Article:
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Speech by Financial Secretary at Joint Business Community Luncheon (English only) (with photos/video)

Following is the speech by the Financial Secretary, Mr Henry Tang, at the Joint Business Community Luncheon today (March 8): (English only)

Distinguished guests, ladies and gentlemen,

I am delighted to be here for this annual post-Budget lunch with the business community. What I would like to do today is to elaborate further on my thoughts in drawing up the Budget, and to focus on those issues that are of most concern to the local and international business community.


Over the years, my consistent policy objectives have been to revitalise the economy, promote employment, and to improve people's livelihood.  In pursuing these objectives I have strictly adhered to a number of principles that I believe are crucial for the well being of our people, as well as the long-term interests of Hong Kong.  
First, as a staunch supporter of the free market, I have upheld the principle of "market leads, government facilitates".  I believe that development should be market led and that the Government should provide an optimal environment for business to flourish. This includes keeping our government small, and the evidence of this is that we have contained public spending to below 20 per cent of GDP - at the moment it is actually 16.7 per cent. We also facilitate business by putting in place an excellent regulatory regime and legal system.  We ensure that our infrastructure is world class. We work hard to ensure the free and efficient flow of people, goods, capital and information. And we endeavour to attract the best and the brightest to work and live here, and to reward people for their hard work, innovation and creativity.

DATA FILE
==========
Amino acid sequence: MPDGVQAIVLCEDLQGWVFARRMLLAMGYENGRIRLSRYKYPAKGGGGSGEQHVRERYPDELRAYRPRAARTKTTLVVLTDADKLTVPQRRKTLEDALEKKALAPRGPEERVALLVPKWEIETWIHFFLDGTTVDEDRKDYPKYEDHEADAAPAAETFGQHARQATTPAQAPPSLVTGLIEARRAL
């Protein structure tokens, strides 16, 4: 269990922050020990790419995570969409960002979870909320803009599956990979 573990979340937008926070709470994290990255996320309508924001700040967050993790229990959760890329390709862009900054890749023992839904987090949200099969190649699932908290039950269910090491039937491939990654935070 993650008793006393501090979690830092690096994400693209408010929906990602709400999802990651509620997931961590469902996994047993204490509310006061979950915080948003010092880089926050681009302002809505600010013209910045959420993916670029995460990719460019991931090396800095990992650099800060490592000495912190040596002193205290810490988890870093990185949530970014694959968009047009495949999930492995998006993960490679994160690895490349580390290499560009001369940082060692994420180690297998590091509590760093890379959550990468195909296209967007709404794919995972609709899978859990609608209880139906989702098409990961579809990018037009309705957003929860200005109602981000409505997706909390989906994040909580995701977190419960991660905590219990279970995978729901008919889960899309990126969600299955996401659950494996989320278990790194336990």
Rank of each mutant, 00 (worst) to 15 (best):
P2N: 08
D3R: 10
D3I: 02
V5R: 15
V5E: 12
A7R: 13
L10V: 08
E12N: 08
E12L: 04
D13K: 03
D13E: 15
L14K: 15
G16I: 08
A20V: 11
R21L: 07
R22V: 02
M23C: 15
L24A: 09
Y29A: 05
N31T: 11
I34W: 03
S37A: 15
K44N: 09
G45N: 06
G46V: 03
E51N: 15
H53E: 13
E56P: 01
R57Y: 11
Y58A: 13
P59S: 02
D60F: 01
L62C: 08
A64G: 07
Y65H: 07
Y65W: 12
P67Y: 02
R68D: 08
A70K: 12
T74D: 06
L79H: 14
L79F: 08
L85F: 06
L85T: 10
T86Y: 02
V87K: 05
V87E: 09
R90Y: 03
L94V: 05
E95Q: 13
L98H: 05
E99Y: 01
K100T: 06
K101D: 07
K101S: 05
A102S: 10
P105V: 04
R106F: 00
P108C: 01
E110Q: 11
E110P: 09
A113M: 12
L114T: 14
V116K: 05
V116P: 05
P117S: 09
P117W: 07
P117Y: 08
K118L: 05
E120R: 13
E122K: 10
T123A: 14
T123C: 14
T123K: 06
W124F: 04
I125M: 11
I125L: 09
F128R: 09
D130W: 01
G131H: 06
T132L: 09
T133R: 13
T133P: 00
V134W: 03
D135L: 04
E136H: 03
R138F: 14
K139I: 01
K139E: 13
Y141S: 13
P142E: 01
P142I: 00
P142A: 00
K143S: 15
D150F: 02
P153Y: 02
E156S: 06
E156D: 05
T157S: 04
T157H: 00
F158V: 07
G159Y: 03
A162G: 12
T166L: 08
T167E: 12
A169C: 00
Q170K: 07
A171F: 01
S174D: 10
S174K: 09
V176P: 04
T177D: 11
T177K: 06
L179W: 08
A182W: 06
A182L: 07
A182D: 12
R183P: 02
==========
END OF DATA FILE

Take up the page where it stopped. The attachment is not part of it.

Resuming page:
Second, as the custodian of taxpayers' money, I have observed the principle of prudently managing public finances. This means keeping expenditure within revenue limits, and ensuring the efficient and appropriate use of resources. After some rather hefty Budget deficits, we were able to restore fiscal balance in 2005-06 - three years ahead of schedule. I am keenly aware that a healthy public purse does have a positive impact on investor confidence and the sustainable development of our economy.  

Third, on tax policy, I have endeavoured to maintain our simple and low tax regime in line with the guidelines of affordability, leaving wealth with the community where resources permit, and making adjustments, where necessary, to enhance our long-term competitiveness.

We might be tempted to take these guiding principles for granted. But, they are a cornerstone of our economic policy and do help to make Hong Kong one of the region's most preferred business locations.    

This Budget

Now, let me turn to this Budget. Given our strong financial position, I proposed a series of measures to leave wealth with the community and to help the disadvantaged. The economic recovery has also given us more room to contemplate our future development. In the important documents issued by this Administration during the past few months, namely, the Policy Address and the Report on the Economic Summit on "China's 11th Five-Year Plan and the Development of Hong Kong", we have already discussed at length measures to enhance Hong Kong's competitiveness.  I have therefore chosen to focus, in this Budget, on our key strategies for future economic development.
I believe that our ability to undergo continuous economic restructuring is, and will continue to be, a key element underpinning Hong Kong's competitiveness. This should, as far as possible, complement the economic development of the Mainland, and create a mutually beneficial economic partnership. To retain our share of the highly competitive international market, Hong Kong must keep moving towards high value-added production, and a knowledge-based economy. The Government will continue to create a favourable environment for maintaining Hong Kong's edge as an international financial, trading and logistics centre, a prime destination for tourists, and a place for businesses alike, whether you are large, small or medium, to prosper.

Improving Business Environment

There have been some who have said that the business community was left out of this Budget. I disagree. Creating an environment conducive to business development is a continuous process, and one has to look beyond a single Budget to gain an overall view.